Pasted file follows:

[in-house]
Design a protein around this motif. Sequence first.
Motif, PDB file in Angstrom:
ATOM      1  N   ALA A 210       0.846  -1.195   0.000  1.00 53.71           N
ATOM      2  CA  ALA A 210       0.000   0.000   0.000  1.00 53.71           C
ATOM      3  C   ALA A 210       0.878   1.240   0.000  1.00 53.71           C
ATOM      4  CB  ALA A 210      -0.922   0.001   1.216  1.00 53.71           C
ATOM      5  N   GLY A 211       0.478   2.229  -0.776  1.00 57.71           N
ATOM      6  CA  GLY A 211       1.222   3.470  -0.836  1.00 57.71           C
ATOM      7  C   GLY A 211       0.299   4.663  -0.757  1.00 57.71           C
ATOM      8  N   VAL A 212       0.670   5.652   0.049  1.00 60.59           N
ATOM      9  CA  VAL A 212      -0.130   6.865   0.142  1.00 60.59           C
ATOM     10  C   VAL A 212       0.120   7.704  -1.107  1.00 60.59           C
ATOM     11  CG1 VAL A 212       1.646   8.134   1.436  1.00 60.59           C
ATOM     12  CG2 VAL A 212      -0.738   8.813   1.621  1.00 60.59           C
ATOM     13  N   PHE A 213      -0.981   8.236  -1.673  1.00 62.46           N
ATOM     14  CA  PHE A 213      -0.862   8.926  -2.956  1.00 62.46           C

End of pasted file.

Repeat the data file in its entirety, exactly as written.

[in-house]
Design a protein around this motif. Sequence first.
Motif, PDB file in Angstrom:
ATOM      1  N   ALA A 210       0.846  -1.195   0.000  1.00 53.71           N
ATOM      2  CA  ALA A 210       0.000   0.000   0.000  1.00 53.71           C
ATOM      3  C   ALA A 210       0.878   1.240   0.000  1.00 53.71           C
ATOM      4  CB  ALA A 210      -0.922   0.001   1.216  1.00 53.71           C
ATOM      5  N   GLY A 211       0.478   2.229  -0.776  1.00 57.71           N
ATOM      6  CA  GLY A 211       1.222   3.470  -0.836  1.00 57.71           C
ATOM      7  C   GLY A 211       0.299   4.663  -0.757  1.00 57.71           C
ATOM      8  N   VAL A 212       0.670   5.652   0.049  1.00 60.59           N
ATOM      9  CA  VAL A 212      -0.130   6.865   0.142  1.00 60.59           C
ATOM     10  C   VAL A 212       0.120   7.704  -1.107  1.00 60.59           C
ATOM     11  CG1 VAL A 212       1.646   8.134   1.436  1.00 60.59           C
ATOM     12  CG2 VAL A 212      -0.738   8.813   1.621  1.00 60.59           C
ATOM     13  N   PHE A 213      -0.981   8.236  -1.673  1.00 62.46           N
ATOM     14  CA  PHE A 213      -0.862   8.926  -2.956  1.00 62.46           C